The Challenges Of Hair Replacement For Children With Alopecia

Excessive hair loss, or Alopecia, in children can have a devastating and unexpected impact on a child’s self esteem, sending parents scrambling for Hair Replacement solutions. Though it’s not very common for children to lose their hair, nearly 2 million children a year in the United States alone do. No one expects a young child to lose their hair, so when it happens; parents are often baffled and uncertain as to what to do. There are many causes for hair loss in children, most of them medical-related. Your first step when your child loses an excessive amount of hair is always to see your doctor first to rule out physical problems that might be causing hair loss before seeking a hair replacement solution. Also, research Alopecia advocacy organizations.

It should hearten parents to hear that 60% of children with Alopecia outgrow this condition on their own making long-term hair replacement solutions unnecessary. Often within a year or so. Unfortunately, that leaves the other 40% of children who will not have such a favorable resolution to this problem and requiring long-term hair replacement solutions. And even if it’s only for a year, that time can leave serious scars on a child’s self worth. Like adults, much of a child’s identity is tied to his or her hair and appearance. Children who look different’ can become the unwilling targets of other children’s teasing. For parents who are watching their children go through this, finding a solution can become a consuming goal. Hair replacement experts can restore not only a child’s lost hair, but their self-esteem as well. Hair pieces, wigs and nonsurgical hair systems fitted to look undetectable by an expert hair replacement clinic can provide the relief parents and children alike are looking for, even if the situation is only temporary.

Some of the most common causes of excessive hair loss in children requiring long-term hair replacement solutions are:

Tinea capitis is a contagious fungal infection of the scalp, also sometimes called scalp ringworm. No worms involved, but the fungus can cause hair to fall out by the roots in large round patches.

Alopecia Areata a mysterious hair loss that can range from small patches to complete hair loss. Some believe there is a genetic component here, as well as a connection to a nervous/ immune system condition in which the immune system itself attacks the root hairs.

Traction Alopecia comes from constant pulling of the hair too tight in hairstyles ranging from braids to pigtails. This can damage the root, causing hair to fall out.

Trichotillomania the compulsion to pull one’s own hair out causing patchy hair loss.

Some of the most common causes of temporary hair loss in children requiring short-term hair replacement solutions are:

Emotional stress, high fever or flu can sometimes cause hair to fall out until the next growth phase when it begins to grow back.

Chemotherapy/radiation treatments this temporary form of Alopecia is caused by the intensive medications used to kill the Cancer.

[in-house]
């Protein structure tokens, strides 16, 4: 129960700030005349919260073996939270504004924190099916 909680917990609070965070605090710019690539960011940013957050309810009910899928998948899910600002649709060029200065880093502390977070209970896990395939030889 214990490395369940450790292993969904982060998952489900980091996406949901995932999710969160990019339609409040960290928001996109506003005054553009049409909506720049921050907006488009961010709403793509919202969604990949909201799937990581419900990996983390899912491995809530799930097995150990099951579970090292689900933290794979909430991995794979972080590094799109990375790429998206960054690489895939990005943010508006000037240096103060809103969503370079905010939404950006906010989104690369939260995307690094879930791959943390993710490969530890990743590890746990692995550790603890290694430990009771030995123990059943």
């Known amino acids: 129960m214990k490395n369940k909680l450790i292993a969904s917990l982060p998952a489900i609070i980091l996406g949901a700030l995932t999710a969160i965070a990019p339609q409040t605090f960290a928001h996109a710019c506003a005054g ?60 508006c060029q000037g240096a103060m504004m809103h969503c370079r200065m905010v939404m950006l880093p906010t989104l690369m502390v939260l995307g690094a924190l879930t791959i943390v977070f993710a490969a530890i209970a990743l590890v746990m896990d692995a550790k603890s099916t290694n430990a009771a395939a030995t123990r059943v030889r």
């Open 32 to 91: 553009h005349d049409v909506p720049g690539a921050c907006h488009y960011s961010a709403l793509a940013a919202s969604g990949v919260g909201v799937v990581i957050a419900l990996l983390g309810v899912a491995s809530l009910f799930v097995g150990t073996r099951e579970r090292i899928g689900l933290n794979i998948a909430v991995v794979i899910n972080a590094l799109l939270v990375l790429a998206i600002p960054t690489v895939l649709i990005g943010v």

Whatever the reason for the hair loss, it can take months, sometimes years for the hair to grow back the way it was before, making it necessary to utilize a short or long-term hair replacement solution. Human hair goes through growth cycles during which new hair begins to grow in after hair falls out, unless there one of the above conditions precludes regrowth. Normally that includes only 10% of the hair at any one time. But when something interferes with regrowth, hair loss which seemed gradual at first can pick up speed until there is a significant loss on the child’s scalp.

So what is a parent to do? After treating the medical issues present, the emotional issues will inevitably crop up. Children do not like to feel different from their peers. Replacing the lost hair with hair pieces or wigs can be difficult if the hair pieces are poorly made. That’s why most parents will spare no expense to make sure their child looks as natural as possible.

Wigs are one option. This might be especially good for a short-term hair loss. But wigs have their drawbacks. They are not attached to the head. They are hot to wear, and they do not appreciate contact sports or dips in the pool, lake or shower. These are the very activities children thrive on. So for kids, wigs can be one hair replacement option, but perhaps not the best.

Hair Systems are another fine hair replacement option. There are many hair replacement companies out there who sell hair systems on the internet with fit-them-yourself templates available on-line. These hair systems are less expensive but often disposable after three or four months of wear. Often these types of hair systems do not fit correctly and end up looking cheap or unnatural.

A thorough search of the Internet, however, will lead you to the more high-end hair systems from hair replacement companies that have local clinics, custom fittings and hair systems made of human hair tied on breathable lace caps that look not only natural, they are comfortable to wear. These full or partial hair systems are fixed to the scalp with some kind of adhesive that is usually worry-free for three months or more. There can be occasional intermittent clinic visits to retie hair lost through shedding, but the cost for these is usually around $100 � cheaper than investing in yet another disposable, cheap hair system. Children wearing these hair systems can bathe, swim and play hard in them without the worry that they will fall off or come loose. Essentially, they can live the life they had before they lost their hair and feel good about themselves at the same time. Clearly, that kind of peace of mind does not have a price tag.

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